In response, NATO launched a devastating 11-week bombing campaign against Yugoslavia that ended in June 1999, when the country signed a agreement with NATO to allow a Kosovo peacekeeping force.

Why is NATO in Kosovo and what is its mandate?

NATO has had a peacekeeping force in Kosovo — the Kosovo Force, or KFOR — since June 1999. The creation of the force was approved by a UN Security Council resolution.

KFOR’s initial objective was to prevent the resumption of conflict between Serbs and ethnic Albanians after NATO and Yugoslavia signed a peace agreement allowing the return of ethnic Albanians displaced by the war. .

Since then the force has been gradually reduced, dropping from around 50,000 men to less than 4,000 today. In his own words, it works for maintain security and stability in the region, supporting humanitarian groups and civil society, training and supporting the Kosovo Security Force and “supporting the development of a stable, democratic, multi-ethnic and peaceful Kosovo”.

In his statement on the protests in Kosovo On Sunday, KFOR said it was “monitoring” the situation and was “ready to intervene if stability was threatened”.

What is the link with the Russian-Ukrainian war?

The Balkans have not escaped the reverberations of the war in Ukraine.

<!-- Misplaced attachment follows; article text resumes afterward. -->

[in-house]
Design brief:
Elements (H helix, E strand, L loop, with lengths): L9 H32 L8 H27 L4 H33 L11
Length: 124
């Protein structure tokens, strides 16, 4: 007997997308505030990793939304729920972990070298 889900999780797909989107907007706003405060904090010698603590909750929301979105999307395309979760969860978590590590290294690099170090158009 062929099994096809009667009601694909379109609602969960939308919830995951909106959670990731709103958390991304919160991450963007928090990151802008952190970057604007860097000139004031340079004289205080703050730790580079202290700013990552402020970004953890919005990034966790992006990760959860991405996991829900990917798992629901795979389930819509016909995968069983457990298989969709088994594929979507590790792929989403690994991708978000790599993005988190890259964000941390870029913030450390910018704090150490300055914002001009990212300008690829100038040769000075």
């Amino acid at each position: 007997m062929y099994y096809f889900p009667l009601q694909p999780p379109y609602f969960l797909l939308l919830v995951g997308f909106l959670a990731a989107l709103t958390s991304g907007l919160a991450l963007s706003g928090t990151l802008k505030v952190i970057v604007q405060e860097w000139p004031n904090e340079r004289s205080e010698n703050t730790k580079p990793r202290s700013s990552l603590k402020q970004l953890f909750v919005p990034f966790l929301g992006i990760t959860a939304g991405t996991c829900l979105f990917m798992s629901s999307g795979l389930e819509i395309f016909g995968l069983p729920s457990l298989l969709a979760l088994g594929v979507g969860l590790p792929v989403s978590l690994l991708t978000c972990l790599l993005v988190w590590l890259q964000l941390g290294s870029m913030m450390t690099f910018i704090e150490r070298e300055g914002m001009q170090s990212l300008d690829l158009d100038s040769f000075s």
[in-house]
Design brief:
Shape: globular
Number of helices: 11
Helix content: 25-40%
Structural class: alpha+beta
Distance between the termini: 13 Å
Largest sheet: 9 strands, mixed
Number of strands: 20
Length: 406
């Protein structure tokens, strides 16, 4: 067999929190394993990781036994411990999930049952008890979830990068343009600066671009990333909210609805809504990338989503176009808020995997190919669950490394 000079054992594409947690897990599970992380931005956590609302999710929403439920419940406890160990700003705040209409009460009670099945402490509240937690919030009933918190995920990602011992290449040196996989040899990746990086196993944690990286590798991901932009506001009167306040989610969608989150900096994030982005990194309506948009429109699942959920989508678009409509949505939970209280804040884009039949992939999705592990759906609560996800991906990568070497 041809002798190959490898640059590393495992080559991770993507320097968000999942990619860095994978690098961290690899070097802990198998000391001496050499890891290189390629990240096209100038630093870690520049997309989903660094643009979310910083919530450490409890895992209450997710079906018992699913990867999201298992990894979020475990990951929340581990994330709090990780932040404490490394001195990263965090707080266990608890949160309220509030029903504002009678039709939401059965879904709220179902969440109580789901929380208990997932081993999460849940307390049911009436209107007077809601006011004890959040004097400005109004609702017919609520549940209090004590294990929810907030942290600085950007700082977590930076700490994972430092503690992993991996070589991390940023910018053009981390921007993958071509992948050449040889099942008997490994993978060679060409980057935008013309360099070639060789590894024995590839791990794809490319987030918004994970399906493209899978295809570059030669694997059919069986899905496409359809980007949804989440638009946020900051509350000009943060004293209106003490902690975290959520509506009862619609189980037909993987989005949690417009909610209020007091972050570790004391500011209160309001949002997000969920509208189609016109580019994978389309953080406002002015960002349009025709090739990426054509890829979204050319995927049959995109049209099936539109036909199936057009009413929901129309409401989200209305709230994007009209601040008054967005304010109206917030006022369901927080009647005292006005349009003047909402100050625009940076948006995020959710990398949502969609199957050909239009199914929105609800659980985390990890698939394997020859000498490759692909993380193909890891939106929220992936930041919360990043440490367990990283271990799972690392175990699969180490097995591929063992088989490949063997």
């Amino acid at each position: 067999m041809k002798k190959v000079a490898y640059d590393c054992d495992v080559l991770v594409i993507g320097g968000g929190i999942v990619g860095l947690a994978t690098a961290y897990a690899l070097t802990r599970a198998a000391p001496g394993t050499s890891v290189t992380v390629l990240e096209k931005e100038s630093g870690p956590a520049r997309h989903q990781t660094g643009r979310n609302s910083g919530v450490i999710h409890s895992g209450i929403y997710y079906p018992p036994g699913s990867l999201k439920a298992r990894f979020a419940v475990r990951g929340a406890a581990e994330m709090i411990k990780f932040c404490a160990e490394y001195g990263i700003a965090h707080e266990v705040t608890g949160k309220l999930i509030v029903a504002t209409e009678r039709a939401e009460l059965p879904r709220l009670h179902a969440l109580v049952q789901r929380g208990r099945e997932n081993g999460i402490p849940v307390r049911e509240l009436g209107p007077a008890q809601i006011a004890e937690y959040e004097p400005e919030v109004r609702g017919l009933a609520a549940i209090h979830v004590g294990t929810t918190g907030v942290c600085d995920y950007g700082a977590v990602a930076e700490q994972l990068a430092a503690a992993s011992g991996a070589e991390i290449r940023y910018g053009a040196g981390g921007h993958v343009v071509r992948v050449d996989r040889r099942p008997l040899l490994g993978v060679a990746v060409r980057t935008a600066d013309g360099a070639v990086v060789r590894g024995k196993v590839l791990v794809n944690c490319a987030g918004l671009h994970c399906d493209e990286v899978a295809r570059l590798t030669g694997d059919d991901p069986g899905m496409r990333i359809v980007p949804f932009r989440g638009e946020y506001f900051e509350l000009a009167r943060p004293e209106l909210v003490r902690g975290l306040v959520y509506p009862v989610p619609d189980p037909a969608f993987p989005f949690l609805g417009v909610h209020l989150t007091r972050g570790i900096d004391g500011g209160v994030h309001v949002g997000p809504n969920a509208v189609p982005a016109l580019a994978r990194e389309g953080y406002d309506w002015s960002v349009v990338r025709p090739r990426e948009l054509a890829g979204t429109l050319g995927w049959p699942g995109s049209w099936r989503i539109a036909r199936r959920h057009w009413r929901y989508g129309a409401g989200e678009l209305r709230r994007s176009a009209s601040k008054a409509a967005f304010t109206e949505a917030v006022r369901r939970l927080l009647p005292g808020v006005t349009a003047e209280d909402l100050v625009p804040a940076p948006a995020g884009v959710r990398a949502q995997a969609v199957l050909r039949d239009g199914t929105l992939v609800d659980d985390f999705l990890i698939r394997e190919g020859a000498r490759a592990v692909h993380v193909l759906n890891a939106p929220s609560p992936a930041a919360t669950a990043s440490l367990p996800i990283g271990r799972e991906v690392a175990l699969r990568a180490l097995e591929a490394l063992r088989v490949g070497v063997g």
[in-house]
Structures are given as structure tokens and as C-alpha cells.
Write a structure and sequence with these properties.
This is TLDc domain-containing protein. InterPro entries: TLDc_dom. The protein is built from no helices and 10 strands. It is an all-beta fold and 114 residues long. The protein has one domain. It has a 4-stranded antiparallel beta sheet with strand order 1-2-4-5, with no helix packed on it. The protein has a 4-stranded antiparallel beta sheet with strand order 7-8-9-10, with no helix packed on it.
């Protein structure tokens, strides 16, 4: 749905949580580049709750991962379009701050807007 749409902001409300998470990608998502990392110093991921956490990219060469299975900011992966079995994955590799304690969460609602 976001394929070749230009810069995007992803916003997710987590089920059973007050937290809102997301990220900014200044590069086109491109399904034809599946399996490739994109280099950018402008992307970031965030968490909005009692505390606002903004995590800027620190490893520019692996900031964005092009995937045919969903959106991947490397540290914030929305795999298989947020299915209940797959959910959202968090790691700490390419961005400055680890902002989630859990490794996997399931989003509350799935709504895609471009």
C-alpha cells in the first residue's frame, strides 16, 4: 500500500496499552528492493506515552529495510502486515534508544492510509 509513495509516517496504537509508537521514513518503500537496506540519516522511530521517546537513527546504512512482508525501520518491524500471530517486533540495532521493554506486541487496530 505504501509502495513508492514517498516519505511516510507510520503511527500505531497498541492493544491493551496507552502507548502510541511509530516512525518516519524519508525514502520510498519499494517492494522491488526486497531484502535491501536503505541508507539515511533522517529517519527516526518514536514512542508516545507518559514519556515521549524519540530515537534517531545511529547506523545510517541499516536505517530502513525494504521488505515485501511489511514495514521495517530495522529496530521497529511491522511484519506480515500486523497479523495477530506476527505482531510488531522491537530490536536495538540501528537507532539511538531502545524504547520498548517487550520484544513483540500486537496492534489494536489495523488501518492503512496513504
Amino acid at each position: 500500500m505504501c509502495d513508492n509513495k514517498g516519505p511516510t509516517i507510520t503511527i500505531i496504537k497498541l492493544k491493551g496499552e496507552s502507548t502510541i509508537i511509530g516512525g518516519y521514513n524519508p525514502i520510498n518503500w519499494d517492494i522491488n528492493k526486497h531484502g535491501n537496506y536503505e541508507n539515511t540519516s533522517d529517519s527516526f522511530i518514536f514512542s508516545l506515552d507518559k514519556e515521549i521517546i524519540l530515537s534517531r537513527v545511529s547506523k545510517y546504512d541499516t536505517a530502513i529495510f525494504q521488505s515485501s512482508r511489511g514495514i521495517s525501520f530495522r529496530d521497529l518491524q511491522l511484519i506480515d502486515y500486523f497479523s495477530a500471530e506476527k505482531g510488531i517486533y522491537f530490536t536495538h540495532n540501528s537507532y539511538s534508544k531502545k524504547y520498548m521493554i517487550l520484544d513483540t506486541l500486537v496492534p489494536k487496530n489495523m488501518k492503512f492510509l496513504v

Kosovo has supported Ukraine since the invasion of Russia, which Kurti, the prime minister, called “an attack on all of us”. Ukraine has not recognized Kosovo’s independence.

Russia – a longtime ally of Serbia – also does not recognize Kosovo as an independent state and has echoed the Serbian president in blaming the government in Pristina for the renewed tensions in northern Kosovo.

Maria Zakharova, spokeswoman for the Russian Foreign Ministry, on Sunday accused Kosovo of using new laws on licensing and identity documents to discriminate against the Serbian population.

“We call on Pristina and the United States and the European Union that support it to stop provocations and respect the rights of Serbs in Kosovo,” she said, according to the Russian official. Cup Press Agency.

Russian President Vladimir Putin has cited Kosovo as justification for his recognition of two breakaway provinces in Ukraine’s eastern Donbass region. “Very many western states have recognized [Kosovo] as an independent state, Putin told UN chief António Guterres when the two met in April. “We did the same with regard to the Donbass republics.”

Rachel Pannett and Ishaan Tharoor contributed to this report.